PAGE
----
& occasionally about other things, too...

Thursday, March 28, 2019

Authors don't retire - 1

Writing books as a new retirement activity
Guest Post by Sharad Bailur

I retired from active service in 2005 after three surgeries to my left eye for retinal detachment. Of my parents, who I had taken care of throughout my professional life, my father died in 2002. His influence on me was both malign and persistent, spread over forty years. The lifting of that heavy burden that was the consequence of his death unfortunately did not sort out matters as well as I would have wished. My mother demanded special attention and a home of her own in which I should live with her rather than in my own home. That was not possible. The matter continued to fester till 2015 when she finally passed away. Both were influences in my life that dragged my potential down for decades.

I have written since as long ago as 1968 when I first did a music concert review for a local English newspaper in Lucknow, as a college student. There were long years of desolation in my life dealing with my personal problems that prevented any useful work when I was working for the State Bank of India. Bank managers don't write articles.

And yet during my four years with the Economic and Statistical Research Department of the State Bank, I managed a first rough outline of a novel that I titled, "Safe Custody". It is yet to see the light of day. This was interspersed with articles on various subjects, some of which found favour with newspapers and magazines. Many of them were on Macro-Economic issues. Some were on scientific developments like Diamond Film, Robotics and Artificial Intelligence. Some others, that did not find favour, and remain in my files, were on concepts like turning metropolitan sewage especially faecal matter into biogas for use as fuel, and developing what I imagined were "revolutionary concepts" like a wing cross section for an aircraft that saved fuel, and a vertical shaft windmill design that could be put atop skyscrapers to generate electricity. I even dabbled in a medical "discovery", that eventually led to Stanley Prusiner winning a Nobel some years later.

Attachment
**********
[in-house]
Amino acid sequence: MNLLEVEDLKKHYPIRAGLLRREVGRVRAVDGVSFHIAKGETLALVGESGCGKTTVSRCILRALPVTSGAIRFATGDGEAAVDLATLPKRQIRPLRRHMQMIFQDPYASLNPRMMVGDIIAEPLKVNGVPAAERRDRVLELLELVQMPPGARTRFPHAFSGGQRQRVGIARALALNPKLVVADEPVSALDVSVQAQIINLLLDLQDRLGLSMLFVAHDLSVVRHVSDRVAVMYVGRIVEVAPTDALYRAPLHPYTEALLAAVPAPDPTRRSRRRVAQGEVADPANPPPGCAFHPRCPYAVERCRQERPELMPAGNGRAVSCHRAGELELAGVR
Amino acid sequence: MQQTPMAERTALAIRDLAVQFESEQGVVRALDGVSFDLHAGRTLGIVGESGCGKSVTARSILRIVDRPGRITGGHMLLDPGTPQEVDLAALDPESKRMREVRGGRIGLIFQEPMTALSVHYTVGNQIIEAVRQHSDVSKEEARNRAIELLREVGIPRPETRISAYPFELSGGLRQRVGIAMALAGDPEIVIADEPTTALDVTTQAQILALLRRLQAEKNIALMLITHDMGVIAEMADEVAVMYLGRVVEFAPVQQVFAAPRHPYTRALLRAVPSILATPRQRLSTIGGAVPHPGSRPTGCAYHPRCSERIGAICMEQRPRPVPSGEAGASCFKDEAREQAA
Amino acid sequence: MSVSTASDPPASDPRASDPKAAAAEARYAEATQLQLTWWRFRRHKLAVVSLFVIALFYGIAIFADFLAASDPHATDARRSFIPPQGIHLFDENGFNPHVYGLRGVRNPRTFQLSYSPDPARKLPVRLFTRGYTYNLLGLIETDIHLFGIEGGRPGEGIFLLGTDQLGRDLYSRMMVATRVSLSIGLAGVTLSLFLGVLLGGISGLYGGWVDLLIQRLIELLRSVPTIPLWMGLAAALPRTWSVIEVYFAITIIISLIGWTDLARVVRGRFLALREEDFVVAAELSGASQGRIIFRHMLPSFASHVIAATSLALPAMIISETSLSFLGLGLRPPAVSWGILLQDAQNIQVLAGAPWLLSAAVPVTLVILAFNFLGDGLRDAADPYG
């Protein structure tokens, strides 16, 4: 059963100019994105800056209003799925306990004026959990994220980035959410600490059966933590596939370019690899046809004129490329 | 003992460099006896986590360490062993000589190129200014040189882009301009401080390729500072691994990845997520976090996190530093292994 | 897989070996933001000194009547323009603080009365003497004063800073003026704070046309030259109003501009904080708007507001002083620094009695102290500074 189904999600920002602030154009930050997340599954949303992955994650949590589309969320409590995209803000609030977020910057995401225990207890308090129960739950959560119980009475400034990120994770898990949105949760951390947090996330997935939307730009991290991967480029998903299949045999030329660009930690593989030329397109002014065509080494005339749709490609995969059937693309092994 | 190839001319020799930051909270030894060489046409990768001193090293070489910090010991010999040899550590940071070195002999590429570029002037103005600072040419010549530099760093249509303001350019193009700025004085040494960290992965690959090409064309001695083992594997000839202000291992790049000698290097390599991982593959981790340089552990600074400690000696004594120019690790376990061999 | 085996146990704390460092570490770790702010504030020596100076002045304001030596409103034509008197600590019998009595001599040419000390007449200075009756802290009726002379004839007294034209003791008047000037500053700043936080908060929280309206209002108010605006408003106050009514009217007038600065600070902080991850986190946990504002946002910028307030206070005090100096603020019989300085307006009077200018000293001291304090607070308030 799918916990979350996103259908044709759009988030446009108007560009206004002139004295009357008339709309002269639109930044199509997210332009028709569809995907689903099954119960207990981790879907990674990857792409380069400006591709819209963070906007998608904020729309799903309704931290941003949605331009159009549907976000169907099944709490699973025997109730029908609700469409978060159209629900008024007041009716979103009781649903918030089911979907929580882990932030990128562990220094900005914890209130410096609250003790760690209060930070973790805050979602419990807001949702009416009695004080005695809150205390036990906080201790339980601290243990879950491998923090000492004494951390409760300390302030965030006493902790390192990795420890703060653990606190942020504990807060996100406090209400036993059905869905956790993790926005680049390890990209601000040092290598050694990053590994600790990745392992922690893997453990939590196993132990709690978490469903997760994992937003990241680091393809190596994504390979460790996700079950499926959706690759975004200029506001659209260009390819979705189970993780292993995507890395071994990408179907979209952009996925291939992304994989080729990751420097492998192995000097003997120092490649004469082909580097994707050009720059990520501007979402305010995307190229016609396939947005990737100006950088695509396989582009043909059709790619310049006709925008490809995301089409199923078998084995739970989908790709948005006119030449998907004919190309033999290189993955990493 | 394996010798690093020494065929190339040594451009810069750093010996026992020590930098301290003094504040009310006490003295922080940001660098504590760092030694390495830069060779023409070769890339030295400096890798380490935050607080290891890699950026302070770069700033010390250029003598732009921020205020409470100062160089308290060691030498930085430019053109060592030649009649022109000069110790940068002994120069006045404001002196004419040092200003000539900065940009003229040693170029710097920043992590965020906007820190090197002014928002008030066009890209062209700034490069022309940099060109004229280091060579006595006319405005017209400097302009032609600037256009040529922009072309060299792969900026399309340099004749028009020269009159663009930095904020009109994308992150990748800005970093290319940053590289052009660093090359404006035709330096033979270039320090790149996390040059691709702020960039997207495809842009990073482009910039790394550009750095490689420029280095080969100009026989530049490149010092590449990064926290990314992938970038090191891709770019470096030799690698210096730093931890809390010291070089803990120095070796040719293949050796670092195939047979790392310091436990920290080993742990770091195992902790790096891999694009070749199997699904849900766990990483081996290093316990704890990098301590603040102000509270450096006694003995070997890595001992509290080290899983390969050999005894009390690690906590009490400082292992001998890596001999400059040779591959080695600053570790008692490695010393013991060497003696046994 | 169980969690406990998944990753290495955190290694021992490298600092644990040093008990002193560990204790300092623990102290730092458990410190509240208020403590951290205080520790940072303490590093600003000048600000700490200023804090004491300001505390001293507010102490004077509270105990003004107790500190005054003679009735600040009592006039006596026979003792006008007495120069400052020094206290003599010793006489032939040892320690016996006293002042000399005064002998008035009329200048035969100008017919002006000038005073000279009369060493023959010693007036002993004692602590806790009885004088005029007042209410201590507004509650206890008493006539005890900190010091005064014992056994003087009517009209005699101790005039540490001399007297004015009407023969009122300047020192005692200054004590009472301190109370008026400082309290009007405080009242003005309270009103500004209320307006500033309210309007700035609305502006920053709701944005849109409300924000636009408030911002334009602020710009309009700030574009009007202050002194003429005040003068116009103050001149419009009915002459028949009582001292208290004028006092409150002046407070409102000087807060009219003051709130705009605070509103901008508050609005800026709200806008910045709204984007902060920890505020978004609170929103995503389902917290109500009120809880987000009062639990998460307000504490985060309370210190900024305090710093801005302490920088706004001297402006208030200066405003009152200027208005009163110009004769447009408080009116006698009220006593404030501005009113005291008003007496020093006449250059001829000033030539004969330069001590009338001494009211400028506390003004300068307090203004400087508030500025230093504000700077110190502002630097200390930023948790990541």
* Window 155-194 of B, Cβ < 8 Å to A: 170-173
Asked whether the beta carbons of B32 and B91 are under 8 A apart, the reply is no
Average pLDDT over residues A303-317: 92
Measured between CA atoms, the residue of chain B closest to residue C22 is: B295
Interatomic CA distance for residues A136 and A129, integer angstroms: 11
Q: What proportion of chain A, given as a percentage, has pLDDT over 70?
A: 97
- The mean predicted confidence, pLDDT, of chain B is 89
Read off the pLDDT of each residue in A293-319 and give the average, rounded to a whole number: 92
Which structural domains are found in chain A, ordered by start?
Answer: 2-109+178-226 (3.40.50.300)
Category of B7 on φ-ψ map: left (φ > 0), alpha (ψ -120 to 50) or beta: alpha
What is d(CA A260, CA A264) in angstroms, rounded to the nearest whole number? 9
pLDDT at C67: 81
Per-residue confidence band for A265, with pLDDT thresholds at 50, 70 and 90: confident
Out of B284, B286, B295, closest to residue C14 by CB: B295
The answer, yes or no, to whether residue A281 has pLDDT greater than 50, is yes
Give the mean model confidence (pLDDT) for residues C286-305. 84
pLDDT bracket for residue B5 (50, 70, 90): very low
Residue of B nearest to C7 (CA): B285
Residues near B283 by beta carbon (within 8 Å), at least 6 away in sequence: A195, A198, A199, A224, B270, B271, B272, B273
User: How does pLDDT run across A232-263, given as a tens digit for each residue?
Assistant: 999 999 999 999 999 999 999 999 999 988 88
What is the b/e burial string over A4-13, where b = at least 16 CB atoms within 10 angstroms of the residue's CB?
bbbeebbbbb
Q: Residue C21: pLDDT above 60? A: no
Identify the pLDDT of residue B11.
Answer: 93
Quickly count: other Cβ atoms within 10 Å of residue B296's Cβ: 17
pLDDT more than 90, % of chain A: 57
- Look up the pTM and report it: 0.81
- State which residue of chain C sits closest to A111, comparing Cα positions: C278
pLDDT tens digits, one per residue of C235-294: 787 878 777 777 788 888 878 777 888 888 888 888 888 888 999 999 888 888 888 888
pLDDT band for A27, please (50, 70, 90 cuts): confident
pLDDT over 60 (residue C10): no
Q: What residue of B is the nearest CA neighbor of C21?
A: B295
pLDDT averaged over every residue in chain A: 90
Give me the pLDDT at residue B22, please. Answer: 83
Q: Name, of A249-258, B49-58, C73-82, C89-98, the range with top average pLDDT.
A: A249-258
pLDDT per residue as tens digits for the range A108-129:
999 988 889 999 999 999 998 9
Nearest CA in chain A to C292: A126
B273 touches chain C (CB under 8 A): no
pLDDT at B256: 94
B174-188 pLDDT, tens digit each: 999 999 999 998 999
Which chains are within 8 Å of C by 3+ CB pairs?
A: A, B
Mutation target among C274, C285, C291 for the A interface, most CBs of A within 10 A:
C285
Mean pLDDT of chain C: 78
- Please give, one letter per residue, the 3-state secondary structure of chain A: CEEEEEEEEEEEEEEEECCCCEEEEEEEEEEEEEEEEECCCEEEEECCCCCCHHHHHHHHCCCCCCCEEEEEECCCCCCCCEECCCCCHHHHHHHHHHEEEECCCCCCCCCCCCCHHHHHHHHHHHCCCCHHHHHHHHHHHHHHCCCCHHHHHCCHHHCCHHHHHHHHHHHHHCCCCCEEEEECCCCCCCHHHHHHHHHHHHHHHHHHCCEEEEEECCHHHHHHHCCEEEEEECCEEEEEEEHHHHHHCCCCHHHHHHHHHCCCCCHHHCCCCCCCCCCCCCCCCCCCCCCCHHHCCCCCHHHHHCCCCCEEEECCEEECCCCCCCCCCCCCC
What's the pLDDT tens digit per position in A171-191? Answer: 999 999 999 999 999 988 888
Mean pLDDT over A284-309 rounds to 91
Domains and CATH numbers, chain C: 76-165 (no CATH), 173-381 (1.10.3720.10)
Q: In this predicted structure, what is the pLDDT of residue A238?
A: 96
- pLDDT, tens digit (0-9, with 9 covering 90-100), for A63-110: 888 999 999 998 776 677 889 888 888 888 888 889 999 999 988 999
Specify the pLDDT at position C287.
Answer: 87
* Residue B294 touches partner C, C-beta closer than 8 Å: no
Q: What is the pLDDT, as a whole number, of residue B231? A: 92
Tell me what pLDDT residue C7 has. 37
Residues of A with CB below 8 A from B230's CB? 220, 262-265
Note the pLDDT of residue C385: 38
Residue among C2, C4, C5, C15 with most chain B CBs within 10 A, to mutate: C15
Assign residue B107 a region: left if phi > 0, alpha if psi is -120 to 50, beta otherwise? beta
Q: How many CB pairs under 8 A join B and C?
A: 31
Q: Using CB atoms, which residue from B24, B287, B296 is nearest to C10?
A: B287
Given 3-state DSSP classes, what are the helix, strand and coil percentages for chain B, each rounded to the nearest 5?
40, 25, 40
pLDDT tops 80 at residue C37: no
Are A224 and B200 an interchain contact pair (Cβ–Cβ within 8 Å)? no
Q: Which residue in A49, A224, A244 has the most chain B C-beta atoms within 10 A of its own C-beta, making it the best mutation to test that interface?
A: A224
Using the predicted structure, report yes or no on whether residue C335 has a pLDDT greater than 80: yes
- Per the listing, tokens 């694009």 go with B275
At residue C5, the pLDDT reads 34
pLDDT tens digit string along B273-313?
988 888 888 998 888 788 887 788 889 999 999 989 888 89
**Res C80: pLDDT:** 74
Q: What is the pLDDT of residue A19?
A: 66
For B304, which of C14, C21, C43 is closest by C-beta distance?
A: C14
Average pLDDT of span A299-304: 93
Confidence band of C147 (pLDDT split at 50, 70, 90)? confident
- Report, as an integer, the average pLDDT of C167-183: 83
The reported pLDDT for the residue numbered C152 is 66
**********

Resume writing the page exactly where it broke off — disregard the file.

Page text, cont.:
In essence, I have been a restless mind that has not been able to stay the course for want of adequate support.

Then quite by chance a suggestion came to me about writing an article on cloning when the story of Dolly the sheep made world headlines. I wrote the article. I was not satisfied with it. It was too involved and pretended to an understanding of science at a level that did not meet with layman standards. Also, it was too long. This was at a time when I was trapped in that famous cloudburst that hit Bombay some time in 2006. I was stuck in my hilltop home in a small place called Dapoli in Ratnagiri district where the rain is about twice as intense as it is in Bombay. I was under a waterfall that hammered down on my roof for a week.

During that week, I sat down to try out an outline of a novel that brought together two diverse threads. The serious part was about human cloning, because it involved hard science. The more entertaining part was that the cloning involved humans, more specifically a famous actress of the fifties and early sixties – Madhubala. The aim was to make a science fiction story appealing to the masses. This was written specifically to be fiction, unlike my first attempt "Safe Custody" which is a sort of "Alternative History" of a political kind.

My biggest difficulty, it turned out, was with the writing of dialogue. I was no good at it. It has taken me years of practising the art of dialogue writing and to this day I am not confident about being realistic enough when I write it. For almost ten years after I wrote that first novel, I could find no publisher for it. Even ten years later in 2017 there was no constructive suggestion about how I should go about getting my novel published.

Sharad Bailur with Mayank Bhatt at the
latter's home in Toronto

Continued in the post below

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